Course Hero. "Fear and Loathing in Las Vegas Study Guide." Course Hero. 26 Sep. 2017. Web. 28 Sep. 2023. <https://www.coursehero.com/lit/Fear-and-Loathing-in-Las-Vegas/>.
Course Hero. (2017, September 26). Fear and Loathing in Las Vegas Study Guide. In Course Hero. Retrieved September 28, 2023, from https://www.coursehero.com/lit/Fear-and-Loathing-in-Las-Vegas/
(Course Hero, 2017)
Course Hero. "Fear and Loathing in Las Vegas Study Guide." September 26, 2017. Accessed September 28, 2023. https://www.coursehero.com/lit/Fear-and-Loathing-in-Las-Vegas/.
Course Hero, "Fear and Loathing in Las Vegas Study Guide," September 26, 2017, accessed September 28, 2023, https://www.coursehero.com/lit/Fear-and-Loathing-in-Las-Vegas/.
Hunter S. Thompson
Fear and Loathing in Las Vegas features a first-person narrator. However, the narrator's altered state of consciousness—well documented in the text—makes the narration highly subjective.
Fear and Loathing in Las Vegas is written in the past tense.
The title Fear and Loathing in Las Vegas: A Savage Journey to the Heart of the American Dream refers two trips Thompson took with his friend Oscar Acosta to Las Vegas in 1971. Thompson uses the pseudonyms Raoul Duke and Dr. Gonzo for himself and his friend respectively, partly to protect them from legal action as he describes two weeks of excessive drug use, which leads to erratic public displays as well as to the defrauding of casinos and the destroying of expensive rental cars. Their law breaking and refusal to abide by any norms of polite society make Duke and Dr. Gonzo's time in Las Vegas a "savage journey." Duke is aware of the fear and loathing his and Dr. Gonzo's actions inspire in those around him, and those feelings are mutual. Duke expresses disgust for the consumption and violence underlying life in Las Vegas, which feeds his feelings of alienation and inspires him to create more mayhem.The phrase "fear and loathing" also carries political weight in Thompson's canon of work, expressing his distaste for traditionalism and conservative political values. After publication of Fear and Loathing in Las Vegas, Thompson used the phrase in titles of two articles: "Fear and Loathing in the Bunker" and "Fear and Loathing at the Super Bowl." He again reused the phrase in the title of his third book Fear and Loathing on the Campaign Trail '72, an account of the 1972 presidential campaign between George McGovern and Richard Nixon.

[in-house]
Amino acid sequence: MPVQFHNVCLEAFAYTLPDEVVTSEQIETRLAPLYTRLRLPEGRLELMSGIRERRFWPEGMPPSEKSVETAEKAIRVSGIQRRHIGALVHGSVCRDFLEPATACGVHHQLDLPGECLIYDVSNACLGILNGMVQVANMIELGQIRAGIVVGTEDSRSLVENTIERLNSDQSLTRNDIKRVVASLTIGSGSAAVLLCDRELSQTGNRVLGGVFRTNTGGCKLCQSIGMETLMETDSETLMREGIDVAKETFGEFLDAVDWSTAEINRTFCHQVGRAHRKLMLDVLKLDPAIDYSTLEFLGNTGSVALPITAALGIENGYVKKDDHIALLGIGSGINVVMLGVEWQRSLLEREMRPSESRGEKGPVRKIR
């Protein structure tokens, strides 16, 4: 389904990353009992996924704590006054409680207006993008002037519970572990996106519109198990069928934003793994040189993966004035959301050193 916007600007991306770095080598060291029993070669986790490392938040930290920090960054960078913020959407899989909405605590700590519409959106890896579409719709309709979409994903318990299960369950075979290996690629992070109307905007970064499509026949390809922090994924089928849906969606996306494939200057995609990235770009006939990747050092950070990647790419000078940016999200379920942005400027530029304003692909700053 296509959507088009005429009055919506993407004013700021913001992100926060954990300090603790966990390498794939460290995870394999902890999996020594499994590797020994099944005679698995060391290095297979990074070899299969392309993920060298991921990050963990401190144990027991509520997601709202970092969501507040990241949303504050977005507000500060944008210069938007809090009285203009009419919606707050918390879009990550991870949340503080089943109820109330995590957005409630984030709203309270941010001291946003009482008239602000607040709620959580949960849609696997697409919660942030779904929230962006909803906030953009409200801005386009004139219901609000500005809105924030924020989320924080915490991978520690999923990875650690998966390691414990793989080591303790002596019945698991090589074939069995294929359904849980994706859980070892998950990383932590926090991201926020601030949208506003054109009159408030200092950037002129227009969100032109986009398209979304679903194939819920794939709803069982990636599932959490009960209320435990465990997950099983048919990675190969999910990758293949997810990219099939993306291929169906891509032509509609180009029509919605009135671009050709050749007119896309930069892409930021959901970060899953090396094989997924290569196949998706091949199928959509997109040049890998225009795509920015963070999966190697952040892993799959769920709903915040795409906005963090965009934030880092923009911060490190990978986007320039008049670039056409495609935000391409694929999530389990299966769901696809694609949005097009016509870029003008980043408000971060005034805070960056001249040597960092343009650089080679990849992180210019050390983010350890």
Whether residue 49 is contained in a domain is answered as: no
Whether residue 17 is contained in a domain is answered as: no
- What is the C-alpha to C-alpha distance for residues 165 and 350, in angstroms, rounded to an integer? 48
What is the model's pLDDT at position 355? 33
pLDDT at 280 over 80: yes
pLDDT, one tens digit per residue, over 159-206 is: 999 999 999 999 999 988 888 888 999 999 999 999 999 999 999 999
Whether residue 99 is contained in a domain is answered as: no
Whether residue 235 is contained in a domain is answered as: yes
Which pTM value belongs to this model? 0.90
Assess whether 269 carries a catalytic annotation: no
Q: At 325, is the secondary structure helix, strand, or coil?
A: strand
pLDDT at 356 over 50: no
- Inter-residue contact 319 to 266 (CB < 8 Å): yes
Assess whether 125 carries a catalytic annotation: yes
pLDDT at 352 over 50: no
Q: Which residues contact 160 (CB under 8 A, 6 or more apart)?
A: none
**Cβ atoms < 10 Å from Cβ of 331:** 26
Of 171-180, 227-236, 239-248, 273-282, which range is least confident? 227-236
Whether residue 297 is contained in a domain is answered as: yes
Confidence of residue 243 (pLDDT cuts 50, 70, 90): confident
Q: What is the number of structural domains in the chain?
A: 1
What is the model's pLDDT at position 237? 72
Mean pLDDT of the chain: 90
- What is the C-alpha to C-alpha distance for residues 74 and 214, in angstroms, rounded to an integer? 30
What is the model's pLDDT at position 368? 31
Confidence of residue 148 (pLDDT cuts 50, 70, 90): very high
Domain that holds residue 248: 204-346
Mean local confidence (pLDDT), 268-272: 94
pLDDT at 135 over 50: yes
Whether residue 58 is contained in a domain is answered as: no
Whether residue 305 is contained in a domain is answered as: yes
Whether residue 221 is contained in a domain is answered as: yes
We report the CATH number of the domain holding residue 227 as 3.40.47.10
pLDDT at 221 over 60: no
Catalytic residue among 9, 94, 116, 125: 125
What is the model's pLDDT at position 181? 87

This study guide and infographic for Hunter S. Thompson's Fear and Loathing in Las Vegas offer summary and analysis on themes, symbols, and other literary devices found in the text. Explore Course Hero's library of literature materials, including documents and Q&A pairs.